Can "feel" be taught or does it more likely come from within?

mrfingers

Senior Member
Immersion is the key to “feel” or playing to the music traditionally:
What have drummers done in each genre? Not much, mostly accents, constant-pronounced beats/rhythms?
 

GruntersDad

Honorary Lifetime CEO
Staff member
I think it can be learned or attained through a lot of playing, but I don't think there is a book or teacher with a formula.
 

WallyY

Platinum Member
I think it comes from within.
Some are the real deal and there are also those who fancy themselves to be the real deal.
Honesty cultivates effort and confidence, and if you love it, it shows.
 

jaymandude

Active Member
I have a friend who plays with the Basie band. And we were talking a few years ago about drummers who don’t swing and I said to him, and he agreed, “you have to want to swing “

And it’s kind of the same with the feel. You have to really want it to feel good, you need to focus on the music feeling good. That’s all. And playing with other people. Not ego, not where you can play loud, not how fast you can play, not how strong or anything having to do with the physical nature of the drums.

Just playing with people and making music. Period
 

SmoothOperator

Gold Member
Maybe, maybe not. I recall a scientific article where people actually "felt" things differently, due to genetic mutations in piezo1/piezo2 genes, kind of like people see colors differently, or hear things differently (perfect pitch relative pitch etc.).

 

GetAgrippa

Diamond Member
Maybe, maybe not. I recall a scientific article where people actually "felt" things differently, due to genetic mutations in piezo1/piezo2 genes, kind of like people see colors differently, or hear things differently (perfect pitch relative pitch etc.).

That’s interesting I’ve gotten poor touch (a sensory processing issue) and poor hearing. I wonder what side of the family dumped their crappy genes on me?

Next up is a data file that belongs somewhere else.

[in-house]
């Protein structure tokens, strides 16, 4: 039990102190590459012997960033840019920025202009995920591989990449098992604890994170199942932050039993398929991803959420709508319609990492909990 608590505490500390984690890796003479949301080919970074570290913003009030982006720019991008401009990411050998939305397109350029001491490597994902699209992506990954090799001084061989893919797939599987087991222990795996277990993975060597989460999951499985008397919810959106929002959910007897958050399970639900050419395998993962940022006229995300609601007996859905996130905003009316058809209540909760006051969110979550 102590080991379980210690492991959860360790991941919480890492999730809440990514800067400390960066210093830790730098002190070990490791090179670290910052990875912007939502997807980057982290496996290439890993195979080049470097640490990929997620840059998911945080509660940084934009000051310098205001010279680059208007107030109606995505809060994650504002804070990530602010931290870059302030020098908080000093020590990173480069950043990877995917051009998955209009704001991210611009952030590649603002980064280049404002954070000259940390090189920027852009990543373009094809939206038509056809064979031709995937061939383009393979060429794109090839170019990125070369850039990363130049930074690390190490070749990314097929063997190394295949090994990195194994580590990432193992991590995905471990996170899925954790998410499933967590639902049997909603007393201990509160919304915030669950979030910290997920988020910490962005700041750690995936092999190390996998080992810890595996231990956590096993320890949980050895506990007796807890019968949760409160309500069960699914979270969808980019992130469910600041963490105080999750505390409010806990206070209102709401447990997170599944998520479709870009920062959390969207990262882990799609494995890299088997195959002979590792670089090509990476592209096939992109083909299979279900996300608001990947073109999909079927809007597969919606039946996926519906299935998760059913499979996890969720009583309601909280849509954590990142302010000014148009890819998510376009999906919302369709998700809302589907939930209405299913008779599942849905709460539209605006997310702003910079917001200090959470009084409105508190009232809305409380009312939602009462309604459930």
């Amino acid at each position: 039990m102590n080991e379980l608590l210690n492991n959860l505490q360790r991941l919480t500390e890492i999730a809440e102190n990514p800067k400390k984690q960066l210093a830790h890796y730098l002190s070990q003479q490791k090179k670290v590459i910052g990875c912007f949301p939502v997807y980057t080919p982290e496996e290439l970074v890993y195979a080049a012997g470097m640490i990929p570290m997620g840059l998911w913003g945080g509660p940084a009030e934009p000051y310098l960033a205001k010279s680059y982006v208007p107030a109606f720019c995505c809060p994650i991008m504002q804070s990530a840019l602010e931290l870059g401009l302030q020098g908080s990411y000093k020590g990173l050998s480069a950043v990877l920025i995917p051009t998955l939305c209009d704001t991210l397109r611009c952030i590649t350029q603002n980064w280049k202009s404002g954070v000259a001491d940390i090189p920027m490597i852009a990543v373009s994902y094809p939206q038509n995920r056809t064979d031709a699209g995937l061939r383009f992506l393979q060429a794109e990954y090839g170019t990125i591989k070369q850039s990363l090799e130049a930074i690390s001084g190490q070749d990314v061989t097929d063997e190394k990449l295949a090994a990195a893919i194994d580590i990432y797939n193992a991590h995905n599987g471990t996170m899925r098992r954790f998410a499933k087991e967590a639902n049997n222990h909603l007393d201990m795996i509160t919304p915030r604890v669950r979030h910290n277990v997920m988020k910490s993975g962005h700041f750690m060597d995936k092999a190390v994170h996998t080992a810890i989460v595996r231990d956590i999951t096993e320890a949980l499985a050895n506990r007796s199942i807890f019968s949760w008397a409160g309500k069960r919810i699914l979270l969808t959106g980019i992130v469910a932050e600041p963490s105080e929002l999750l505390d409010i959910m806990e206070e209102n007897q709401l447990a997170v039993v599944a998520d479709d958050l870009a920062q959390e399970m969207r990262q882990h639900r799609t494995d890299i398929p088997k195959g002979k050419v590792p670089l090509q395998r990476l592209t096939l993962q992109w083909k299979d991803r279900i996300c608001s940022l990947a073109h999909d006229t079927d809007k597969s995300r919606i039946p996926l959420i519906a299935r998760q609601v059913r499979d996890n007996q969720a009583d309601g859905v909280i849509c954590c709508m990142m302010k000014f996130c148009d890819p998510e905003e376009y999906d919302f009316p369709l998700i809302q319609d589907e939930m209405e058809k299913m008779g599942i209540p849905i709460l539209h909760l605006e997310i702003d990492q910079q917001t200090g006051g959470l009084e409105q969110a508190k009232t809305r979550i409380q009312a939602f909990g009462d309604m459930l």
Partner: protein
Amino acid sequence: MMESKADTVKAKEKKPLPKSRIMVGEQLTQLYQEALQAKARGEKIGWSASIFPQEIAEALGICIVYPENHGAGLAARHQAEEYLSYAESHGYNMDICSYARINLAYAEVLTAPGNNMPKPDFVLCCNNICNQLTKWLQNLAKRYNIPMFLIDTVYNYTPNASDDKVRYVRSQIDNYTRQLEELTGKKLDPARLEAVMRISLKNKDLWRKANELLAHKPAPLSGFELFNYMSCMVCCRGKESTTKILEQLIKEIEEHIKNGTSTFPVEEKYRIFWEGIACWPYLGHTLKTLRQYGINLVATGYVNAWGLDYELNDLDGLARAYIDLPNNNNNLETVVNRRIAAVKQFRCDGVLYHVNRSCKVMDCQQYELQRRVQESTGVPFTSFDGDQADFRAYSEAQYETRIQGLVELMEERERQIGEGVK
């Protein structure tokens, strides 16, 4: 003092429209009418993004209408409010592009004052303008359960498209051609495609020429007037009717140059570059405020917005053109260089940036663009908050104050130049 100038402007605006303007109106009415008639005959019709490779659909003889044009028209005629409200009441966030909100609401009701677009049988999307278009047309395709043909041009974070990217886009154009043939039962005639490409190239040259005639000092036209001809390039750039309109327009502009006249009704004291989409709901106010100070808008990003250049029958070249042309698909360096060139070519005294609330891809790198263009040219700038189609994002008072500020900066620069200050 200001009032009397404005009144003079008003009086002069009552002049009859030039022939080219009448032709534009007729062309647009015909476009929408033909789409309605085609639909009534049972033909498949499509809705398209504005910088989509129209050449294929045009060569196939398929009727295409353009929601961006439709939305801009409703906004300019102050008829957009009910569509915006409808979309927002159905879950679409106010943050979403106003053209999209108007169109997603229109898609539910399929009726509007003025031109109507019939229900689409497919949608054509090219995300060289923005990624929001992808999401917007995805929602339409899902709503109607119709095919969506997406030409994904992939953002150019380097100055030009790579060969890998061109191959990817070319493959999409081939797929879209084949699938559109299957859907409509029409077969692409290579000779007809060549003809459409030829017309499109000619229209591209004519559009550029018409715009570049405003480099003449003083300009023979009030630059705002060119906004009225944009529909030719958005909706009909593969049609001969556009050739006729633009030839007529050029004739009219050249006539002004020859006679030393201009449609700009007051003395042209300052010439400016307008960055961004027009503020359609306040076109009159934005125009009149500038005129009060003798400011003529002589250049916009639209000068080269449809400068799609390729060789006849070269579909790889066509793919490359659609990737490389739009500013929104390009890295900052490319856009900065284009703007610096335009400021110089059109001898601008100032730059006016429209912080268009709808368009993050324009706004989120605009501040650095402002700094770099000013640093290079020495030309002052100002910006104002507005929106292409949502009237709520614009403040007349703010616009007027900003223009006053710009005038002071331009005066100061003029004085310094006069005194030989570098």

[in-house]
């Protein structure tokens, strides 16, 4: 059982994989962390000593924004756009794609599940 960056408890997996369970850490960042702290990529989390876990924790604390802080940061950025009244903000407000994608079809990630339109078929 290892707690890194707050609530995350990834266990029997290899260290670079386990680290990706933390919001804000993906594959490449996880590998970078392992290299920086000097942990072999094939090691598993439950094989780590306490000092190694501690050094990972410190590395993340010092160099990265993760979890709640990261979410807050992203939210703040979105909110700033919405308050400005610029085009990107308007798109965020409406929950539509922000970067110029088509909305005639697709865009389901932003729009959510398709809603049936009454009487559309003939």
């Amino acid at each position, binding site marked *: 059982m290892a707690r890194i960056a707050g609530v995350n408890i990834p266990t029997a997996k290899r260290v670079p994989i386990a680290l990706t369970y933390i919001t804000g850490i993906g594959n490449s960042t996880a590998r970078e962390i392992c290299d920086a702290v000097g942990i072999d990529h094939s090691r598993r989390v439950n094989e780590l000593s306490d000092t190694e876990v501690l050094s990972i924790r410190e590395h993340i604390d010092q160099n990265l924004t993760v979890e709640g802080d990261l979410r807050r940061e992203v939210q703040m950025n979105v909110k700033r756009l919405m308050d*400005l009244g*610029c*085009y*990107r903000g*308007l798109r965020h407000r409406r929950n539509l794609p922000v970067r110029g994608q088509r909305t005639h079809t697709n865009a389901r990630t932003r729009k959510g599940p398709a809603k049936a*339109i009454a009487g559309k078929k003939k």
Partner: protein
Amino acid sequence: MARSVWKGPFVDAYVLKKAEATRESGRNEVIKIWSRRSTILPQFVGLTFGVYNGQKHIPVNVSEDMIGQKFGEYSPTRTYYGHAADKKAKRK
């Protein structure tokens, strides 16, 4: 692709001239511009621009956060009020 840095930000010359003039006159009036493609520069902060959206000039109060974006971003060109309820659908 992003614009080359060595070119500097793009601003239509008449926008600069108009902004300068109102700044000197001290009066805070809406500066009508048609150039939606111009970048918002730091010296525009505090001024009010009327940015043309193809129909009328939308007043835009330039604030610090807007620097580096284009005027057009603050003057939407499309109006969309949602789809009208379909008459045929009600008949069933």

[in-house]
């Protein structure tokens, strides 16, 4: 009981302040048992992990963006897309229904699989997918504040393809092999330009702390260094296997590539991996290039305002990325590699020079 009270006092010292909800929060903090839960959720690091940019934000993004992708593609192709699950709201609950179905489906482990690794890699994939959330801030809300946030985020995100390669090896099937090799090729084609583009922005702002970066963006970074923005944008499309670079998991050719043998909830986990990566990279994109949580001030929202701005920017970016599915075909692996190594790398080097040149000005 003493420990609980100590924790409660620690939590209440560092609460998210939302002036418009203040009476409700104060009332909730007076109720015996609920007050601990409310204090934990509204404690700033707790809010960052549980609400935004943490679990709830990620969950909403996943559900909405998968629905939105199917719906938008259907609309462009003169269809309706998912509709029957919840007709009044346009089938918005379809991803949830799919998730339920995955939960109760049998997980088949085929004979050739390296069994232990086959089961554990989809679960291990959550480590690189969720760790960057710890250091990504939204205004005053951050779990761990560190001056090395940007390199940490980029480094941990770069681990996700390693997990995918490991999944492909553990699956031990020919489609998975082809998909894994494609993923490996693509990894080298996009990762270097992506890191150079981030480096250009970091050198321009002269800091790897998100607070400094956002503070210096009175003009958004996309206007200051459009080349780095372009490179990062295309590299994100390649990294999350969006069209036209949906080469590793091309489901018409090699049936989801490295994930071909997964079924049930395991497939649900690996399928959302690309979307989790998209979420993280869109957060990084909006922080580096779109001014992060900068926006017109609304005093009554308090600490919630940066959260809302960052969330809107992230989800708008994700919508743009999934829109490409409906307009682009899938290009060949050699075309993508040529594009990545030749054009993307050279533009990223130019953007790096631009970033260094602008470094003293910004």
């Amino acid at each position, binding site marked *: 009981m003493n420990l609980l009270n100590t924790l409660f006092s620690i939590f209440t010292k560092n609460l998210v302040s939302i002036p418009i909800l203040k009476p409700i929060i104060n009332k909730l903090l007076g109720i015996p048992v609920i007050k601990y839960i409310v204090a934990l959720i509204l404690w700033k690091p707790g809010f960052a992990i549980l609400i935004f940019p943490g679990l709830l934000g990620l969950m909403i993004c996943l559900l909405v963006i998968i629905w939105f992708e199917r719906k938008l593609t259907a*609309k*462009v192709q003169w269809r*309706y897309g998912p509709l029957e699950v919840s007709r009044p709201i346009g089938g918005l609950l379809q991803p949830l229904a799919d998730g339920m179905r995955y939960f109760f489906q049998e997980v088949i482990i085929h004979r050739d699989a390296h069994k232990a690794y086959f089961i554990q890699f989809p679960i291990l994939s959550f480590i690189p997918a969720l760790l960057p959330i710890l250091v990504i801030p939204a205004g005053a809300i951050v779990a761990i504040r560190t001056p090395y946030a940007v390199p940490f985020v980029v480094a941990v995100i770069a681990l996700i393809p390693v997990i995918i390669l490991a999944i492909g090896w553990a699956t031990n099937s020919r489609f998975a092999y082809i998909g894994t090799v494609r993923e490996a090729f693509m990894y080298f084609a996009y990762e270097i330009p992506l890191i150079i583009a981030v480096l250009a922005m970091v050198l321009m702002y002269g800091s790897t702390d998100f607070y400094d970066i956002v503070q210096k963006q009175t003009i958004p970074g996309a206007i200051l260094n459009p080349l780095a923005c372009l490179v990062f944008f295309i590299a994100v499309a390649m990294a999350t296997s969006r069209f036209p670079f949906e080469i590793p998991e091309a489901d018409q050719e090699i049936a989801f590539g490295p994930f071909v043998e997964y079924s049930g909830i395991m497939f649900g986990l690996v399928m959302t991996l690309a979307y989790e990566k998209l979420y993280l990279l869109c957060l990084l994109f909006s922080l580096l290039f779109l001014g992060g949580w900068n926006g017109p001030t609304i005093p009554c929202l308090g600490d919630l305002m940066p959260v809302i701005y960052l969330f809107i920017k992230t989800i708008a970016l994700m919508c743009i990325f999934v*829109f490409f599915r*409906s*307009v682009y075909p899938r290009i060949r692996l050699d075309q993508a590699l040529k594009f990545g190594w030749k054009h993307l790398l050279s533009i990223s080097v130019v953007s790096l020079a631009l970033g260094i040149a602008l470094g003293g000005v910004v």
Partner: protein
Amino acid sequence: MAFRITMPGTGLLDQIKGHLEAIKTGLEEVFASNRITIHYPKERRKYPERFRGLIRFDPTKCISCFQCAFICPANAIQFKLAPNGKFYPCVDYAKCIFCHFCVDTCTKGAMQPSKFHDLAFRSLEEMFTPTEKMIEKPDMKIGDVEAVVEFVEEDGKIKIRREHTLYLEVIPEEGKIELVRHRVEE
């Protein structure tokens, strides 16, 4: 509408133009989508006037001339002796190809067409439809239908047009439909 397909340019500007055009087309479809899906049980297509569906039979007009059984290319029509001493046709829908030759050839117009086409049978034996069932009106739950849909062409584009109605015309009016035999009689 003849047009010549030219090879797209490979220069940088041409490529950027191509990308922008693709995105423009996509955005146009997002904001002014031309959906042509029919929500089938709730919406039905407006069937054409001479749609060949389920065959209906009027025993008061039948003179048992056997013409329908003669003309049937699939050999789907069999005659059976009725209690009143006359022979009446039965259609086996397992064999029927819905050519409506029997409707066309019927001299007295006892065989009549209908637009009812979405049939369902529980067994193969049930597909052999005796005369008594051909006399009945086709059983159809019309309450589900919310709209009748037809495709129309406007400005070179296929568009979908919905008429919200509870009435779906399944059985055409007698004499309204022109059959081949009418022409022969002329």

I’ve always gotten comments I play with feel. But I’ve considered I play by feel- since self-taught. Cause I think when I hear music it activates my auditory, memory and motor pathways such my limbs just start moving ( been doing so since when I started at 8). I don’t really think about it, more instinct and response to music, however I do memorize songs and finalize how I want to play them. It’s always felt like a natural thing like some people take to art. My brain really enjoys noodling and grooving to some good music as I age. I feel like it’s great brain exercise now I’m old.
 

TMe

Senior Member
A local guitar player is one such dude. A few times a year, I share a stage with him. He's all over the place:
- Impossible to follow.
- Zero communication skills.
- Oblivious to anyone else around him.
That sounds like a good friend of mine. He sounds great on his own, but I don't jam with him because he can't keep time and I can't follow him. I just encourage him to keep up his solo acoustic guitar playing, and forget about playing with other people. After playing guitar for about 45 years, he finally bought a metronome just recently. I think it's a bit late.